This article is the second in a mini-series examining how the challenges and concerns of on-campus housing affect student lifestyle and well-being at Stanford.
Come Dec. 16, finals week ends, dining halls close, students’ ID cards no longer unlock the dorms, heating and lights go off and thousands of students return home, wherever that may be. But what about the few students who don’t?
I saw an Onion headline a while back, “Malala Can Tell Oxford Paired Her With Roommate Just Because They’re Both Nobel Laureates” that first made me laugh and then made me really think. The joke, of course, is that no other Oxford fresher — that’s British for “freshman” — has a Nobel to her name.…
Housing after freshman year was one of the main things I was terrified about when I came to Stanford. Unlike some of our Ivy counterparts (looking at you, Harvard and Yale), we aren’t placed into a residential college or House to live out the rest of our years here on the Farm. Instead, we’re tasked with…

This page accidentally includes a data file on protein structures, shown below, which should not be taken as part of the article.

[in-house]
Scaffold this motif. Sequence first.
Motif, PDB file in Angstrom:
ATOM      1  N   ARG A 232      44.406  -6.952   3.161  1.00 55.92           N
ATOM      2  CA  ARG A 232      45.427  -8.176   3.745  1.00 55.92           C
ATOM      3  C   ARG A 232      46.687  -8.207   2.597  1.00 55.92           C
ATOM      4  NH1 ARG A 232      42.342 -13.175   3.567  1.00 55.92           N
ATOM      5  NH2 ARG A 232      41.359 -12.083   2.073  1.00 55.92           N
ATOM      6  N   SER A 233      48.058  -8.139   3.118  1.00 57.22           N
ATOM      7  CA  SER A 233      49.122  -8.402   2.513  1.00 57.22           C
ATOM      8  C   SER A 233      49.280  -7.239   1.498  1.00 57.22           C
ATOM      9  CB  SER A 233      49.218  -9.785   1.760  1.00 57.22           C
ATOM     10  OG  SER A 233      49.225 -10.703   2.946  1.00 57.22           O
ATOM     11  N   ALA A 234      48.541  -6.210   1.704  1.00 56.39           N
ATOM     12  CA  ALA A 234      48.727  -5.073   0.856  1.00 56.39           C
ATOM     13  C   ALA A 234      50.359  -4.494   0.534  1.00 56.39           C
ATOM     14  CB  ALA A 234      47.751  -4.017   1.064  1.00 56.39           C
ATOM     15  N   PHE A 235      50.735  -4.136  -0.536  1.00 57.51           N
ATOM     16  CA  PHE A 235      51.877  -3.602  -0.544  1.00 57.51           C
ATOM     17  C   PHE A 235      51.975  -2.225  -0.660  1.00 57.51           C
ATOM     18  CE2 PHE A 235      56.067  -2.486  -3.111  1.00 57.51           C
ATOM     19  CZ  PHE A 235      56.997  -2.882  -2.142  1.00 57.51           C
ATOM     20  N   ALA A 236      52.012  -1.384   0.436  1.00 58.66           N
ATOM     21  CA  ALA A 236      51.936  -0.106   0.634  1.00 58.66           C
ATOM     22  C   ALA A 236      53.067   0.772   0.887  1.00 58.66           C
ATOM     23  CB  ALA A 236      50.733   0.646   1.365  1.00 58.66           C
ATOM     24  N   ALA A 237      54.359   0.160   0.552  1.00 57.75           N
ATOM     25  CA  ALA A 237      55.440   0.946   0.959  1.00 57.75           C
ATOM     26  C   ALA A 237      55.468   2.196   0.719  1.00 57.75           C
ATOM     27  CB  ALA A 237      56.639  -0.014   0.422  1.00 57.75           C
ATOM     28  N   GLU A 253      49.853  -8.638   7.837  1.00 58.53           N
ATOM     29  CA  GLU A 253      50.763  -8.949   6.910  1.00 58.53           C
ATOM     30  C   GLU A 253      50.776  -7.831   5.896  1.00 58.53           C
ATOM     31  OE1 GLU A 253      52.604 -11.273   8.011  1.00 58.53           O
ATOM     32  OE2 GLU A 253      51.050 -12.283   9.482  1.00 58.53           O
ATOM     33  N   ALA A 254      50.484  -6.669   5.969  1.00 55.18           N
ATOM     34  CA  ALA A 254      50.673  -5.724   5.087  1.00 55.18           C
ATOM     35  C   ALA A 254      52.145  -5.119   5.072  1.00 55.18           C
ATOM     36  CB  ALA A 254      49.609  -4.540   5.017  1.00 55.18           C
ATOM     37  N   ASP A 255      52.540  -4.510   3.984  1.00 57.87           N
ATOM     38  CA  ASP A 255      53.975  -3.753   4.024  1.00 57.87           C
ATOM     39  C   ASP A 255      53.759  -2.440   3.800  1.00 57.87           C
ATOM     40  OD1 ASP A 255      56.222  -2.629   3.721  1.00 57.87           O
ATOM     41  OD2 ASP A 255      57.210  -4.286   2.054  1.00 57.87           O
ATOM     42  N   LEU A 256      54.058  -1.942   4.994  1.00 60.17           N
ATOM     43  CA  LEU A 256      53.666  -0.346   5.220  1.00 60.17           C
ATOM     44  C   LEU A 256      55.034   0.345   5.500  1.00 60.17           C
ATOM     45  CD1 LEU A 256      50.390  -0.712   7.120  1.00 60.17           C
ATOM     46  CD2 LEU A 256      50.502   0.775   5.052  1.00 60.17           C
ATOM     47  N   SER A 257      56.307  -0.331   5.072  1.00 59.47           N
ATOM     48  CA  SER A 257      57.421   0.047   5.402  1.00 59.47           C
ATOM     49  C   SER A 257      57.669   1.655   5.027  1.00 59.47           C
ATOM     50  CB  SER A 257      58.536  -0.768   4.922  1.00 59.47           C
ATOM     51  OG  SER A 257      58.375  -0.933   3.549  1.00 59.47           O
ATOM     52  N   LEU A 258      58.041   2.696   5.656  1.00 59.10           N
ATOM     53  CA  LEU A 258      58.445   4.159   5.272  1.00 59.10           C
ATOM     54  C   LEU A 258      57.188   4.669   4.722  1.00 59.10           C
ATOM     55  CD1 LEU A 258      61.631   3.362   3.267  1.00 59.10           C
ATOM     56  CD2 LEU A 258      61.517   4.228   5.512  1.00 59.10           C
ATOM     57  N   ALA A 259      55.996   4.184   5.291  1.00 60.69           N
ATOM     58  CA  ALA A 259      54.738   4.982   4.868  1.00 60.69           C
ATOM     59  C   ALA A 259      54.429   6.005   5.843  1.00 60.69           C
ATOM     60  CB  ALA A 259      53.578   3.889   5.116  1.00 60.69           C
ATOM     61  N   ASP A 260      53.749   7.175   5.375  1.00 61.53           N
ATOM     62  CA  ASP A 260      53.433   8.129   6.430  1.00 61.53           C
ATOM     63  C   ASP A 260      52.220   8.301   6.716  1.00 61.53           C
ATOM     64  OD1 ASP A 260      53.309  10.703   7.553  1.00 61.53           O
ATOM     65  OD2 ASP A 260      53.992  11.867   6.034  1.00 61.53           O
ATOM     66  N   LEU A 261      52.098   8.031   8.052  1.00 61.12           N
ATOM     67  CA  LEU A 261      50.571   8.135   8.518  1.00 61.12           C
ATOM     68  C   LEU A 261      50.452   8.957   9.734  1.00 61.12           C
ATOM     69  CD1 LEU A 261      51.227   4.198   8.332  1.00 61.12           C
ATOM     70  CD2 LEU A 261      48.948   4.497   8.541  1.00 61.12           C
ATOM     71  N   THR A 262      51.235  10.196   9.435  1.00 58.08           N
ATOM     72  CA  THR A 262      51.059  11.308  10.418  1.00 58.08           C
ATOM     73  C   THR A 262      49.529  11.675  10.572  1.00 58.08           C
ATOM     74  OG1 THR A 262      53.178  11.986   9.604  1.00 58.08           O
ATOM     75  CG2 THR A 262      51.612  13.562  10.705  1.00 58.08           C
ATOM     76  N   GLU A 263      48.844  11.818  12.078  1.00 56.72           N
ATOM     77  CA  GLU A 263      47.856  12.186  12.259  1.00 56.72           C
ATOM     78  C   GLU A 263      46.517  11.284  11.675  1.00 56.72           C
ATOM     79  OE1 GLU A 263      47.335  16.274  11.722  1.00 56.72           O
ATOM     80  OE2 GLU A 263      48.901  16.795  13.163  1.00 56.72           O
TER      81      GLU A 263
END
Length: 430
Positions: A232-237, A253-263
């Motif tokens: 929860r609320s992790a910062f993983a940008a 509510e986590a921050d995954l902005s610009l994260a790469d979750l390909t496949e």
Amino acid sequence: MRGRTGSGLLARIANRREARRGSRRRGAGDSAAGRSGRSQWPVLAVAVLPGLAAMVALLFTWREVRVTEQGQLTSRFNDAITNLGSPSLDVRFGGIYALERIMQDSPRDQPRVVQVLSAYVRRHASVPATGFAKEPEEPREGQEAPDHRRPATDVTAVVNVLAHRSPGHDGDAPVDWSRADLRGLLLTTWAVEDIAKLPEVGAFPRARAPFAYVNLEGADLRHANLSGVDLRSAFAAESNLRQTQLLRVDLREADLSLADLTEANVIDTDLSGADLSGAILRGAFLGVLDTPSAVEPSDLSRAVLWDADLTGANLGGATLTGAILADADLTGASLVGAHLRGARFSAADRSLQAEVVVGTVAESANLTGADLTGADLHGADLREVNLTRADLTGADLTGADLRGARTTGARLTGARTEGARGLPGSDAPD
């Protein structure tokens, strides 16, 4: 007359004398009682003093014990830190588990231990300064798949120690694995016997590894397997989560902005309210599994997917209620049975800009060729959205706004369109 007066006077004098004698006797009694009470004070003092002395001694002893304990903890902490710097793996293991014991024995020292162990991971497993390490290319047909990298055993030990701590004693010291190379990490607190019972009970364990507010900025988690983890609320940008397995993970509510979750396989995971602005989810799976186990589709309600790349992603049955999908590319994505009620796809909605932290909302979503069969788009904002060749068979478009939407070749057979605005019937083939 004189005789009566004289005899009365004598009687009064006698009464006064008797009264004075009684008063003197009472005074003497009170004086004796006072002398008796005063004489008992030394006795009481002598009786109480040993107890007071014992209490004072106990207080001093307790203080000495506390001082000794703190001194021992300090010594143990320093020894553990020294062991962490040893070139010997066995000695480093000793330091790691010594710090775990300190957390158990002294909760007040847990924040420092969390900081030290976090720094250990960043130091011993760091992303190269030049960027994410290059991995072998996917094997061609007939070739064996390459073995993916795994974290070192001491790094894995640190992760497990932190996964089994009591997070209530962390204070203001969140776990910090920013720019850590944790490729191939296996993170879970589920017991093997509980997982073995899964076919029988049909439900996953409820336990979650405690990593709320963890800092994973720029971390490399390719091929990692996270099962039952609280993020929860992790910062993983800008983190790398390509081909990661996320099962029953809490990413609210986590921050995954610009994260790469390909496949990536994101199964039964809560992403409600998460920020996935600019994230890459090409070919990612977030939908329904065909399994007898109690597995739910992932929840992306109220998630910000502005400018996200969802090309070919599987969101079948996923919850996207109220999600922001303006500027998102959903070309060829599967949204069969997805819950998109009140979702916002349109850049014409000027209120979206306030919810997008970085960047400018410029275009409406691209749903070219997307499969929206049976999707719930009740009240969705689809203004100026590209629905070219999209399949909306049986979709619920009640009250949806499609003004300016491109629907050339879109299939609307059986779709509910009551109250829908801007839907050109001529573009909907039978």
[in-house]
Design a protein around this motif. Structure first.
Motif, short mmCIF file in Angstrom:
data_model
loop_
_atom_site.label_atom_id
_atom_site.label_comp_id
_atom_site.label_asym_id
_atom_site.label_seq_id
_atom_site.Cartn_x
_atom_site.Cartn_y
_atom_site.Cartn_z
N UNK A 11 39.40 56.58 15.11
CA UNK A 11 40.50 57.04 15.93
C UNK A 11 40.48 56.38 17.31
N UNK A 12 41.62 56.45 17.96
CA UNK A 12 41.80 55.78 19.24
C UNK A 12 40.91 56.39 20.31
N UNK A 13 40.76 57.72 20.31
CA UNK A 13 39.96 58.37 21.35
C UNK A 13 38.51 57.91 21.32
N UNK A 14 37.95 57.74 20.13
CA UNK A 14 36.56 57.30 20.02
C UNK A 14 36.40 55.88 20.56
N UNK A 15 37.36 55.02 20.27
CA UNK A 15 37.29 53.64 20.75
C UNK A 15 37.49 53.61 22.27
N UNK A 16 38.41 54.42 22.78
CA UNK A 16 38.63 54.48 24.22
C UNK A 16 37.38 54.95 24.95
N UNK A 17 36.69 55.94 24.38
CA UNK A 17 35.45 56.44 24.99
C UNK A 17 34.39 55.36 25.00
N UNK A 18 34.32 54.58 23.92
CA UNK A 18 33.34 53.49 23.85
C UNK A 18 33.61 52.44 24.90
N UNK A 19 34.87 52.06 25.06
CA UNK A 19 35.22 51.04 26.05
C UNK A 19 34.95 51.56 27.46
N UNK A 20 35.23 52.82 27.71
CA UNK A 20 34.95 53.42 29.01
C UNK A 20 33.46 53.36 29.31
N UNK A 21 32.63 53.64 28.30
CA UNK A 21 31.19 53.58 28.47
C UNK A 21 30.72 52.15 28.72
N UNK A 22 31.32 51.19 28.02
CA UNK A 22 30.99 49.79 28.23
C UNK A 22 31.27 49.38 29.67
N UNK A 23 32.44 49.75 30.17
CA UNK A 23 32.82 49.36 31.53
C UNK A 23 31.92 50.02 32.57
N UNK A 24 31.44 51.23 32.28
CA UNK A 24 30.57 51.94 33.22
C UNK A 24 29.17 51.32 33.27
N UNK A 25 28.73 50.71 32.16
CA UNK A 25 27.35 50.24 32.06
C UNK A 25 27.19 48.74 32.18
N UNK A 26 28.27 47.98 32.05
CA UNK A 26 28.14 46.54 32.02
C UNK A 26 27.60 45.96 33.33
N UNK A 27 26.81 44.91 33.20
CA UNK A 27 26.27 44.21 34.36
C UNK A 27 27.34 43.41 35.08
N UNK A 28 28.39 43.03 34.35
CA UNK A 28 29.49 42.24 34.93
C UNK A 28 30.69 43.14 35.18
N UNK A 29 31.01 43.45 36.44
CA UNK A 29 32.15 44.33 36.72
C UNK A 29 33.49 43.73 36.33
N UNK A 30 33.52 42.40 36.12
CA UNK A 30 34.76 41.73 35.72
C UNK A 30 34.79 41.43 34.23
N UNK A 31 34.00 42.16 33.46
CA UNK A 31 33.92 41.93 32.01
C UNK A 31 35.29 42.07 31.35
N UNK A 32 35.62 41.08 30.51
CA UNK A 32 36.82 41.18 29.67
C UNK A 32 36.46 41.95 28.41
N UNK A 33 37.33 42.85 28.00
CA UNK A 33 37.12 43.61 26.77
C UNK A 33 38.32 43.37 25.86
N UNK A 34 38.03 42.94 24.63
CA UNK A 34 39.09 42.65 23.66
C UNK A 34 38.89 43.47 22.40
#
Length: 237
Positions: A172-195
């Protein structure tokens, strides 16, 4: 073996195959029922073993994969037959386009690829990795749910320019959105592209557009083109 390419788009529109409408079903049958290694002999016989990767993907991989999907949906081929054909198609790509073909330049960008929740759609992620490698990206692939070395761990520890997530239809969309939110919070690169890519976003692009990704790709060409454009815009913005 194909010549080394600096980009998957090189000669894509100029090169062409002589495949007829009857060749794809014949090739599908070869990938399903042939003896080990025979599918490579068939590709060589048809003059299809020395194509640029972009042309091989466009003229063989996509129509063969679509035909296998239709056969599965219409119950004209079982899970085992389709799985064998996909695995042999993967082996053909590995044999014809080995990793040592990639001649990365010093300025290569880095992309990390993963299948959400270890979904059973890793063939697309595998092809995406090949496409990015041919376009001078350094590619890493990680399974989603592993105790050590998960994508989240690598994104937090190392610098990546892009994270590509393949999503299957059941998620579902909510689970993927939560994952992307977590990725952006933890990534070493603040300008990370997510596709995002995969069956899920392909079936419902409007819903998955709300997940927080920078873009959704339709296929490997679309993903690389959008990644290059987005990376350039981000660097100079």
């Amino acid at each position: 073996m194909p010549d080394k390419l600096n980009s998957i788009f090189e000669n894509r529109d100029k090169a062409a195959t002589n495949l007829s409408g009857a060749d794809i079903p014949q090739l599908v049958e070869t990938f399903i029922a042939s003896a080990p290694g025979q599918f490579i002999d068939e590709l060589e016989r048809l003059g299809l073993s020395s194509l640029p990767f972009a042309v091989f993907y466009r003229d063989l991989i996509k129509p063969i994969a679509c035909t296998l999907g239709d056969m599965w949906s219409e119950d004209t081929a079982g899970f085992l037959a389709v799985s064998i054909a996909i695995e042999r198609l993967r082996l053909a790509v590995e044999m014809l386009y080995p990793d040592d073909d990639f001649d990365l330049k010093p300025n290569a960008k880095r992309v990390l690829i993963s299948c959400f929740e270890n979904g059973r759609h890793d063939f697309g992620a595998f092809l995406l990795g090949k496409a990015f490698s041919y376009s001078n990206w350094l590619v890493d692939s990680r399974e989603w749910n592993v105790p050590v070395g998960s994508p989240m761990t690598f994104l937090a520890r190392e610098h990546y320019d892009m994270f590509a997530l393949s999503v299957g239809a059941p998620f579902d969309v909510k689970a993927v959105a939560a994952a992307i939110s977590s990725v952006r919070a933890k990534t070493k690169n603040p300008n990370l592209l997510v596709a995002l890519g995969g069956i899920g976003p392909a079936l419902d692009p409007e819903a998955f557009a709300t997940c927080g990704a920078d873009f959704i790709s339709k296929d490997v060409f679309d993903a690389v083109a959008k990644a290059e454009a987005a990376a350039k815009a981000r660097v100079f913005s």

New information has emerged about last month’s email to undergraduates about subleasing dorm rooms.
At last Thursday’s Faculty Senate meeting, Vice Provost for Budget Tim Warner MBA ’77 reported on the University’s budget for fiscal year 2016.
While Stanford “guarantees campus housing to entering freshmen for all four years,” according to the Office of Undergraduate Admission, 81 students were assigned to Oak Creek through the waitlist round.
R&DE Student Housing, which manages 5 million square feet of Stanford buildings, spent roughly $50 million on undergraduate and graduate housing renovations this summer. The renovations included improvements to student comfort, energy and water efficiency, health and safety.